This is where a new drive-thru Starbucks and Greggs could be opening in Sheffield

Sheffield Council officers have recommended approval of plans to build a new drive-thru Starbucks and Greggs in a city suburb.

Monday, 7th December 2020, 12:30 pm

A decision on whether to grant approval for the proposal is due to be made at a planning and highways committee meeting tomorrow.

If given a green light, the development will include two retail units – one understood to be Greggs – and a cafe with a drive-thru facility – understood to be Starbucks – with 31 car parking spaces and associated access at The Common, in Ecclesfield.

In a report, officers said: “There are no suitable or available in centre, edge of centre, or sequentially preferable out of centre sites capable of accommodating the proposed development and it is considered that the small size of the proposal is unlikely to draw trade from food and non-food stores in Chapeltown to the extent that it will undermine the vitality and viability of the centre as whole.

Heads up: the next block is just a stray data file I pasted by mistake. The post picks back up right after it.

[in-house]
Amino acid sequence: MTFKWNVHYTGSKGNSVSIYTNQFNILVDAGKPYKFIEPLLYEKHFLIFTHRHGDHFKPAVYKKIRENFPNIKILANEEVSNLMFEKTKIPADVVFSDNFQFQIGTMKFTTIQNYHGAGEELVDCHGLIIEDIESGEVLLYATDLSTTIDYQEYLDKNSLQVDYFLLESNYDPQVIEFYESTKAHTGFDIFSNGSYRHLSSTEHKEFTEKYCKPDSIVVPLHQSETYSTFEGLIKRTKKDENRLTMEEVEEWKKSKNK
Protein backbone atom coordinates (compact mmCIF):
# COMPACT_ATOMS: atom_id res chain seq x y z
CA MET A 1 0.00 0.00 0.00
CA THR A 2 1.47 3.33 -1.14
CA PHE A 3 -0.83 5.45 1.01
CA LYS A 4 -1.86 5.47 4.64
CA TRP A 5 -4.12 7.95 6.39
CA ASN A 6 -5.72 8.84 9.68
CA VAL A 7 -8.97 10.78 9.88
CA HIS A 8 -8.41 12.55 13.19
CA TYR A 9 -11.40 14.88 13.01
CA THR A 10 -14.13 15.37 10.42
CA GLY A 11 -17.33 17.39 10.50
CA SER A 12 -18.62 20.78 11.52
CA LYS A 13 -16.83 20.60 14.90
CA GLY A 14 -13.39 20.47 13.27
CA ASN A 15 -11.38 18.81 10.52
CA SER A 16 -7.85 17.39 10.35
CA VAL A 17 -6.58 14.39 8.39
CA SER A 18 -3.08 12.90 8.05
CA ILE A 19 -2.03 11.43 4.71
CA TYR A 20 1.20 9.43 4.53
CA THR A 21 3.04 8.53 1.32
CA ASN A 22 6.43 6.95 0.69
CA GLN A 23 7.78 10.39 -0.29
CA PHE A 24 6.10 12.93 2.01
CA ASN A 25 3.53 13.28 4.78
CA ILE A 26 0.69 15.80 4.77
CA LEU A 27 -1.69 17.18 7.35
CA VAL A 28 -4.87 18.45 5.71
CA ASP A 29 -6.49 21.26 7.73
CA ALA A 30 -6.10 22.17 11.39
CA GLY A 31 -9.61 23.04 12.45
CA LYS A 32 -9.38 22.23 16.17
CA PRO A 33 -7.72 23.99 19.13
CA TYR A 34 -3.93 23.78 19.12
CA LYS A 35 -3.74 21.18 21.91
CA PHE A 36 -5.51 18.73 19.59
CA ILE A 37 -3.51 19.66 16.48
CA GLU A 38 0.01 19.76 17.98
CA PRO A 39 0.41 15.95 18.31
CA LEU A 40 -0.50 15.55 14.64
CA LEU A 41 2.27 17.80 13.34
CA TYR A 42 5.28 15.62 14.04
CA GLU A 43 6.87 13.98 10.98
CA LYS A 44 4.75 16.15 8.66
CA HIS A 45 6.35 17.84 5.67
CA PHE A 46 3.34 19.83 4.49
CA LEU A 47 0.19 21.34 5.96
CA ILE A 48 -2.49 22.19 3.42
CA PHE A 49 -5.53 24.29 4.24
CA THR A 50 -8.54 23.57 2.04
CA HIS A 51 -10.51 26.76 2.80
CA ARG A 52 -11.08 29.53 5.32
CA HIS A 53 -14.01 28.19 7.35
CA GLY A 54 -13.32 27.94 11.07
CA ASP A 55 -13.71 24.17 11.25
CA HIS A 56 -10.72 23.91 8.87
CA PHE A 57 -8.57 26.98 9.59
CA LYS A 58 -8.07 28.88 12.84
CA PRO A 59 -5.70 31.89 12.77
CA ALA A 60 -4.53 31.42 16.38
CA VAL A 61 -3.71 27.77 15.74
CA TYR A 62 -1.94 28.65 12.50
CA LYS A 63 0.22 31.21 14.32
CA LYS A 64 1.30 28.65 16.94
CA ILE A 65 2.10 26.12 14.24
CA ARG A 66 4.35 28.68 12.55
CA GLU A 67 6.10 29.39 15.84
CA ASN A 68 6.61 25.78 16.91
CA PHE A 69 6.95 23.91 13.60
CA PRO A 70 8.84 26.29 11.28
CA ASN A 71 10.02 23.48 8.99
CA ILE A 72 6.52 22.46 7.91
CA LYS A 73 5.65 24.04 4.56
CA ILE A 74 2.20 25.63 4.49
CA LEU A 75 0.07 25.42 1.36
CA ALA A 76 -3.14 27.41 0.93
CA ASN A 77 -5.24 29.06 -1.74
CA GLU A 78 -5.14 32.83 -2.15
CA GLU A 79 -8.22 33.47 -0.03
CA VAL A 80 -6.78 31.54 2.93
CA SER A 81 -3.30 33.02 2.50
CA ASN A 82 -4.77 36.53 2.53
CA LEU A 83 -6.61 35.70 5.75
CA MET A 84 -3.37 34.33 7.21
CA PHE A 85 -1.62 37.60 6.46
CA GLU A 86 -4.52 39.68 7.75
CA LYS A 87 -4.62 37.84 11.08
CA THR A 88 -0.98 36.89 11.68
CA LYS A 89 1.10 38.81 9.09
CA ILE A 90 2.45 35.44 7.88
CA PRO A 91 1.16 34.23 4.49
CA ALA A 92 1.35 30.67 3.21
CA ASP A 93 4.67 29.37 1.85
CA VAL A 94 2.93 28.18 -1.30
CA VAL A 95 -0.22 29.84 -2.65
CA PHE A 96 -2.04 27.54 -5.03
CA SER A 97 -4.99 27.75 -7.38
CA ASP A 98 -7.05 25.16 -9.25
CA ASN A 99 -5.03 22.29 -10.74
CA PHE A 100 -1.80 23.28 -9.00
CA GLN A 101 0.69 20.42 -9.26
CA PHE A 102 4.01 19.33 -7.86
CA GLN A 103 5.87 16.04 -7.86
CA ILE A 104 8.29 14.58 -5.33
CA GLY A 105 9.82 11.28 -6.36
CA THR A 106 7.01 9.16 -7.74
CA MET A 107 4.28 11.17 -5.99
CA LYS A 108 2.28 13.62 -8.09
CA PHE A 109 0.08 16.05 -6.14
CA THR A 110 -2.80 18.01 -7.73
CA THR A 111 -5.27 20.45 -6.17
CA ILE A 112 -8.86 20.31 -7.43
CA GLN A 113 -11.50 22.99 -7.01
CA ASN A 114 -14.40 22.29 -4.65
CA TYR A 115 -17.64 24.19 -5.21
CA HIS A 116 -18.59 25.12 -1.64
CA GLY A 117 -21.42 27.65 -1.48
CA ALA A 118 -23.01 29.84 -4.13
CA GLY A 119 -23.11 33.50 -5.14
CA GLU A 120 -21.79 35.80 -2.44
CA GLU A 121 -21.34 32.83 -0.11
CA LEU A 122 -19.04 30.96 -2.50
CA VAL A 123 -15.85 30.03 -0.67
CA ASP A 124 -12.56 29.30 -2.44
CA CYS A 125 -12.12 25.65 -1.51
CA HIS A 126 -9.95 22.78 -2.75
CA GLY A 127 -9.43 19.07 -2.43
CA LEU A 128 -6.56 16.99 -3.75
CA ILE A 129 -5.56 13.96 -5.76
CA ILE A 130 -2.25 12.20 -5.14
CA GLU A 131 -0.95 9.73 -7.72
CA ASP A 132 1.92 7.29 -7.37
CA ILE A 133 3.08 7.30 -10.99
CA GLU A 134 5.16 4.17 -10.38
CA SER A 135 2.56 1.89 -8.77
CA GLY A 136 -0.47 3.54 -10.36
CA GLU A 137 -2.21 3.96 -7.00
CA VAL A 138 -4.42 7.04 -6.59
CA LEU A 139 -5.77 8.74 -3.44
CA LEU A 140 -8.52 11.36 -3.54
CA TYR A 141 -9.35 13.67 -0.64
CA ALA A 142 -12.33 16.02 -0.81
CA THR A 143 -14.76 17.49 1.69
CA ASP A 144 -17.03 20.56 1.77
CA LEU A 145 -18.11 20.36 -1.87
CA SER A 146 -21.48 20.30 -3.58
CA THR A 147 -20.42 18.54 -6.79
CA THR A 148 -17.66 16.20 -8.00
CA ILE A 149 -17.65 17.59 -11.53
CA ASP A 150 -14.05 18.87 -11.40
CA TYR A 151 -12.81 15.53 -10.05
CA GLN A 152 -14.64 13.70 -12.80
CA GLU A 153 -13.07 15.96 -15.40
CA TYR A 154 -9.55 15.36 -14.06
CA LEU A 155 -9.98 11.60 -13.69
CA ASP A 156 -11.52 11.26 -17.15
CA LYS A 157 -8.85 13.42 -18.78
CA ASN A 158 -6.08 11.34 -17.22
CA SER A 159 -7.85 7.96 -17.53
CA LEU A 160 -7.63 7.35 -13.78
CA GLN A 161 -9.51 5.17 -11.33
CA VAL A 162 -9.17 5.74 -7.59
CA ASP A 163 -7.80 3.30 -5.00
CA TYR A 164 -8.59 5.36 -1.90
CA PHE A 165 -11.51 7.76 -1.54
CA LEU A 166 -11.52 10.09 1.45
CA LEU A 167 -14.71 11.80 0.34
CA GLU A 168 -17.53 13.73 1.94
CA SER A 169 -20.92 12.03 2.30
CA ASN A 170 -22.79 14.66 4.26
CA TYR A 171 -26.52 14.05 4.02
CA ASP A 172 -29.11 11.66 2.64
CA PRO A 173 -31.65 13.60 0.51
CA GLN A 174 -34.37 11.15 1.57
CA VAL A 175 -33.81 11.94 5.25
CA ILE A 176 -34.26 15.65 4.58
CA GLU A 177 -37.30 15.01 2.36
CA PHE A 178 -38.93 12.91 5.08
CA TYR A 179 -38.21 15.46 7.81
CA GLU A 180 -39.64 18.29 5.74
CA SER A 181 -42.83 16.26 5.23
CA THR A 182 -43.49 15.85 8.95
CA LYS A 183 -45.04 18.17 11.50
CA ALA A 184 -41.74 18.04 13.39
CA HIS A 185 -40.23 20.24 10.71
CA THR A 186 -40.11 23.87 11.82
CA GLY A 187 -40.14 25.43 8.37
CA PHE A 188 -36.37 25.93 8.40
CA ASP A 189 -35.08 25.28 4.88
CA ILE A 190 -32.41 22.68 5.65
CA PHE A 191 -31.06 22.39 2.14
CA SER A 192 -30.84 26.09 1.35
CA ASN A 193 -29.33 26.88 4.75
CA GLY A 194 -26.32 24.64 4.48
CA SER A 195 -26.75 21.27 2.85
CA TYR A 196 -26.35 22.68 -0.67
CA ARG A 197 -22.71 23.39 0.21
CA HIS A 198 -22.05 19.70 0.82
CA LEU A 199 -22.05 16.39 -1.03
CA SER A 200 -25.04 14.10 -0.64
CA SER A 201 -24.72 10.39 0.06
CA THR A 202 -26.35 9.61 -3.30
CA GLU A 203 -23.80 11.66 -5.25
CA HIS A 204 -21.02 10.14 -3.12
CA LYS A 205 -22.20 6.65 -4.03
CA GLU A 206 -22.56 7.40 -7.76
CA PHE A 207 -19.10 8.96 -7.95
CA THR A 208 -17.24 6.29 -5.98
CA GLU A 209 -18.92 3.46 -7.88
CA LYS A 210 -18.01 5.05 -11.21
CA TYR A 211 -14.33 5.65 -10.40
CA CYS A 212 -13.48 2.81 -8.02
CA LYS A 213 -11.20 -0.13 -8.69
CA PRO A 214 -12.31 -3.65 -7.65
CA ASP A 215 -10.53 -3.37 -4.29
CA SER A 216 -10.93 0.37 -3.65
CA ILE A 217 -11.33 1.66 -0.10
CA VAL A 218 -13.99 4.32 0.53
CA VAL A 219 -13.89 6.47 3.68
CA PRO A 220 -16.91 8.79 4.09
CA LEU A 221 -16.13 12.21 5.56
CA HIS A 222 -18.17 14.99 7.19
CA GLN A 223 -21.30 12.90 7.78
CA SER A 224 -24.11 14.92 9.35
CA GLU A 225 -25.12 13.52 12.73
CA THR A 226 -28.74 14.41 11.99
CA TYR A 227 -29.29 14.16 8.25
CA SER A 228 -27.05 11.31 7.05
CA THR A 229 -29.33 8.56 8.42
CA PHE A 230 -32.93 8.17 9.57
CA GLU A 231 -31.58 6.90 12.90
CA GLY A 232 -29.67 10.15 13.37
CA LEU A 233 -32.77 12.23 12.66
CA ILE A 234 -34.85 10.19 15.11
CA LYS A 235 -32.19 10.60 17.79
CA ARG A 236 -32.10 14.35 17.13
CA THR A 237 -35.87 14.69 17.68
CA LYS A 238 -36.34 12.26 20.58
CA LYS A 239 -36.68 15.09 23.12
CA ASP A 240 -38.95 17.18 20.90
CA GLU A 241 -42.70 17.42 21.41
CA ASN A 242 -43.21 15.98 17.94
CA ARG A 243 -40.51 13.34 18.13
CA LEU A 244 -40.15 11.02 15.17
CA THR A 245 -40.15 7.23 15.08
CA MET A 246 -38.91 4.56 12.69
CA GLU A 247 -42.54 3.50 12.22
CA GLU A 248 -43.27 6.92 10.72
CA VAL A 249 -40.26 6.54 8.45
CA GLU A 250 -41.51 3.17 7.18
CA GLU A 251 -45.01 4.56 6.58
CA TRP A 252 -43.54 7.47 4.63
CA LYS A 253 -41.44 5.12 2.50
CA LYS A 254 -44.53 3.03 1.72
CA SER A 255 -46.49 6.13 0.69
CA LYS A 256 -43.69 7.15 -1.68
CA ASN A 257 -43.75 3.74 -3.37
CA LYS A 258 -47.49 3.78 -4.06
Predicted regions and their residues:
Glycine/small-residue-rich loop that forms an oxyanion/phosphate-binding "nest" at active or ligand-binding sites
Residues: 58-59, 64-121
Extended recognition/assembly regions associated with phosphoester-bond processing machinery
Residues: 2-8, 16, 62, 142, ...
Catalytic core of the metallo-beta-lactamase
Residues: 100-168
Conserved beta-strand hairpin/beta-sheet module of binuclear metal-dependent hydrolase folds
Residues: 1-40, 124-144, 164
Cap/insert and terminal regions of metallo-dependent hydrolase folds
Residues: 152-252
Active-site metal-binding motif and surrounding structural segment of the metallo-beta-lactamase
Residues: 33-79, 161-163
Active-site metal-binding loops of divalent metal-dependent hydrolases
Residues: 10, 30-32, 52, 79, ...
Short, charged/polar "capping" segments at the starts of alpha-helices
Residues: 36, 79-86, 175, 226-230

Sign up to our daily newsletter

The i newsletter cut through the noise

Planning officers at Sheffield Council have recommended the plans be approved

“The existing site contributes little to the character of the area. The proposed development comprises of three relatively small single storey units, a new one metre high stone wall along the site frontage and landscaping which will contribute to the character of the area.

“The proposals will not cause significant harm to the living conditions of nearby residents.

“It is considered that the anticipated trip generation from the proposed development is relatively minor compared to existing background traffic conditions residents and the proposals raise no highway safety concerns.

“It is considered that the benefits of the proposal significantly and demonstrably outweigh the adverse impacts of the proposal when assessed against the policies in the National Planning Policy Framework taken as a whole.”

A total of 33 representations were received from local residents – 28 objections and four in support.

There were also two petitions against the proposals with a combined signature total of 278.

Concerns raised included worries over harmful impact on local businesses and increase traffic.

Those in support said it could bring jobs to the area and attract more footfall.

In these confusing and worrying times, local journalism is more vital than ever. Thanks to everyone who helps us ask the questions that matter by taking out a digital subscription or buying a paper. We stand together. Nancy Fielder, editor.